Oyster mushroom (Pleurotus ostreatus) is a common variety of edible mushroom grown in the Philippines. It comes in pink, yellow, white, grey, and black, with white and grey being the more prevalent types.
Not only does this provide healthy options for everyone, but edible mushrooms can also be a source of sustainable income due to their growing market.
For those individuals planning to venture into mushroom cultivation, here’s the process of growing oyster mushrooms from preparation to collection.
Preparing the fruiting bag
Gather all the materials needed to create a mushroom grow bag. This includes a kilo of rice straw, 6”x12”x.03 polypropylene (pp) bag, rubber band or PVC tube (anything to tie or minimize the fruiting bag opening), cotton, and 10 grams of sugar.
Before anything else, keep the hands clean and sanitized with alcohol to prevent contamination.
Expose the rice straw under the sun for one day. Immerse them in clean water with no chlorine for another 24 hours. Remove and thoroughly drain the excess liquid in the rice straw.
Add 10 grams of sugar to the rice straw and mix it well. Fill the plastic bag with it, then close the fruiting bag by putting a PVC pipe neck or rubber band around the opening. Insert a small piece of cotton in the hole that will lessen the risks of contamination.
Steam the mushroom fruiting bag for eight hours in low heat. Let the bags cool down for 12 hours after that. Once everything is finished, proceed to the next step: planting.
Planting and harvesting
First, prepare the following: mushroom spawn (F1), alcohol, lighter, cotton, hook rod, lamp, and of course, mushroom fruiting bags.
Mushroom growers may reach out to an agricultural extension worker near their area to acquire F1 mushroom spawn.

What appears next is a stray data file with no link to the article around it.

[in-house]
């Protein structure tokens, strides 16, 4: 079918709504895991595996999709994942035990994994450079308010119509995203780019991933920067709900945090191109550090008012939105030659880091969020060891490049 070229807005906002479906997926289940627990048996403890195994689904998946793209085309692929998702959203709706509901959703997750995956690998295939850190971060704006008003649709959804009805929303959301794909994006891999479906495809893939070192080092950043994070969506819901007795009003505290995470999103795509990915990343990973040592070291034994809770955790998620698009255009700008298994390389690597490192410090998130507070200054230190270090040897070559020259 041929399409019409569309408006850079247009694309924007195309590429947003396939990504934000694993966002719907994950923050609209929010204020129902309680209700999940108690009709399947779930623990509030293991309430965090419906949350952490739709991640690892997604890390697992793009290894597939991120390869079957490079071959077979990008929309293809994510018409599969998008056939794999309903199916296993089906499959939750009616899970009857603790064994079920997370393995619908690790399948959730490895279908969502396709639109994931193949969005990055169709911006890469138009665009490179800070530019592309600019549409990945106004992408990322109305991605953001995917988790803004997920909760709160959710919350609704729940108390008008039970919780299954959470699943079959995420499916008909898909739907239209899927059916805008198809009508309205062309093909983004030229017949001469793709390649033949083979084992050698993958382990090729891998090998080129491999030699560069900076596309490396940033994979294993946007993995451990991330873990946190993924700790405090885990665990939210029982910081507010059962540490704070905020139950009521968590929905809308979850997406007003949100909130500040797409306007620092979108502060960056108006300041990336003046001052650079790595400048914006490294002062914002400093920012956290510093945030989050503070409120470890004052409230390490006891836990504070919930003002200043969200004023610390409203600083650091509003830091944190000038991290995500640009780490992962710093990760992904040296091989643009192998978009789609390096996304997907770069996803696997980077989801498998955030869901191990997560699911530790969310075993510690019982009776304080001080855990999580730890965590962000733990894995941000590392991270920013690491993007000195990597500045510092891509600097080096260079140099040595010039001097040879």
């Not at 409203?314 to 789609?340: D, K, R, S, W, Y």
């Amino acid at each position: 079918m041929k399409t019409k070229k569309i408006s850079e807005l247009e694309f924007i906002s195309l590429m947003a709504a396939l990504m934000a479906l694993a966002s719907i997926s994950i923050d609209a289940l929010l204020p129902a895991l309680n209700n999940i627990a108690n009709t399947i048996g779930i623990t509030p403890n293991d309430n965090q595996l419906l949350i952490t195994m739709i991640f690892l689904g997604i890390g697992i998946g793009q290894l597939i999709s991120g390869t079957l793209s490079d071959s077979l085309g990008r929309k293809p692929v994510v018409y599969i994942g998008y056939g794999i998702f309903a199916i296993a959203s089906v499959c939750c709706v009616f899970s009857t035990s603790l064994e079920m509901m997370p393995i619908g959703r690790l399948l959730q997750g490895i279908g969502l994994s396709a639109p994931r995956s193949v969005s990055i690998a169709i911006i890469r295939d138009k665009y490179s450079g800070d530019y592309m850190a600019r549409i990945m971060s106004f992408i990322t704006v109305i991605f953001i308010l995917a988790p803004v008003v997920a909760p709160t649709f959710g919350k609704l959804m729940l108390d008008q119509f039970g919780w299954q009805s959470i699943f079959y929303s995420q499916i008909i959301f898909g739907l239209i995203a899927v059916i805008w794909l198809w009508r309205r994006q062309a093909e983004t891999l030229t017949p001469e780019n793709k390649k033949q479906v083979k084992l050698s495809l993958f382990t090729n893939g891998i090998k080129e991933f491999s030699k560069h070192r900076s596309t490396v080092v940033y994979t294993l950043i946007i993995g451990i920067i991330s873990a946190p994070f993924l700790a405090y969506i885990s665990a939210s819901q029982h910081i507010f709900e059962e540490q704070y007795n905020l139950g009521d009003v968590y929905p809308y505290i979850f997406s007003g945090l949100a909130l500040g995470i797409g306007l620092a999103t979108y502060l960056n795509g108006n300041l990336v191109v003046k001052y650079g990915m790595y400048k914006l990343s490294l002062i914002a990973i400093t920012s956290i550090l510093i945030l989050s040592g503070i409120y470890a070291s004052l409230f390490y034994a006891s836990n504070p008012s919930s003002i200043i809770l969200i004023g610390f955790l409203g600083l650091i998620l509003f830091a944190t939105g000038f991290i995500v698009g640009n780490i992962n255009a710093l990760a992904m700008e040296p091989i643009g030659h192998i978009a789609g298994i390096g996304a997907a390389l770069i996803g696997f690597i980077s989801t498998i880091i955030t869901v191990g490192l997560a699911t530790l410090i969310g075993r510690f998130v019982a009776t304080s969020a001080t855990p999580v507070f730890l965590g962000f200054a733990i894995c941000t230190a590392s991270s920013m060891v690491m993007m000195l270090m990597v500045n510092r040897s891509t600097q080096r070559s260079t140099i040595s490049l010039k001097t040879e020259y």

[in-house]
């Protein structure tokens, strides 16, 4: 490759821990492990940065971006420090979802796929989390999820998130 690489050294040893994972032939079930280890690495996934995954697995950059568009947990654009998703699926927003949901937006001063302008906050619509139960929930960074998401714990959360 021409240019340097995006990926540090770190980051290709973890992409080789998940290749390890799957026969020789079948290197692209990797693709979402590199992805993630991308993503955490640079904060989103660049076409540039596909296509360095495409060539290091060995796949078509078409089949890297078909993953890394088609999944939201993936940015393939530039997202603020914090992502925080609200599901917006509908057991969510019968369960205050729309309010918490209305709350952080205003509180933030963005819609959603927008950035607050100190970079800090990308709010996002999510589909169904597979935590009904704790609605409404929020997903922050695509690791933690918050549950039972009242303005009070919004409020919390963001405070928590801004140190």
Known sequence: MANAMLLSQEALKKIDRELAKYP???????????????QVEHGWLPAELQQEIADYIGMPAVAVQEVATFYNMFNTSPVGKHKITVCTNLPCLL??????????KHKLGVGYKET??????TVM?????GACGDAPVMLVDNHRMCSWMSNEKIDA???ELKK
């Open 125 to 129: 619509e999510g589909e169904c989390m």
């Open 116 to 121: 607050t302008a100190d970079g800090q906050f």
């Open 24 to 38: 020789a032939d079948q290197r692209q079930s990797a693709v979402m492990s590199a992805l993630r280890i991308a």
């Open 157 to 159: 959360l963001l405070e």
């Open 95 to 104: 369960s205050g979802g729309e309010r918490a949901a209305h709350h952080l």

Start by sterilizing the hook rod and heating it using the lamp. Unfasten the fruiting bag and remove the cotton. Open the mushroom spawn atop the lamp, exposing it to the heat to prevent the entry of microbes.
Using the hook rod, apply about two tablespoons of mushroom spawn to the fruiting bag. Immediately close the plastic after application.
Store it in a shaded area in an upright position and incubate it for 15 days. Afterward, transfer the fruiting bags and lay them down in a clean rack. Poke small holes on both sides of the fruiting bags where the mushrooms will develop and appear.
Spray the fruiting bag with water twice a day. The mushrooms will start to emerge after a month, given that it is consistently maintained.
When harvesting, twist the oyster mushrooms and make sure to pull it all out. Harvesting may be performed after every three days within one and a half months.
Rice straw may also be used as fertilizer for plants later on.
For more information, contact the farmers’ contact center at 09209462474.
The procedure was demonstrated in AgriTalk’s 2 Easy Learning Video Series that presents instructional guides on organic fertilizers and pesticides, urban agriculture technologies, and the production of fast crops. The online series was held in partnership with the Department of Agriculture-Agricultural Training Center (DA-ATI) and Manila Bulletin’s Agriculture Online.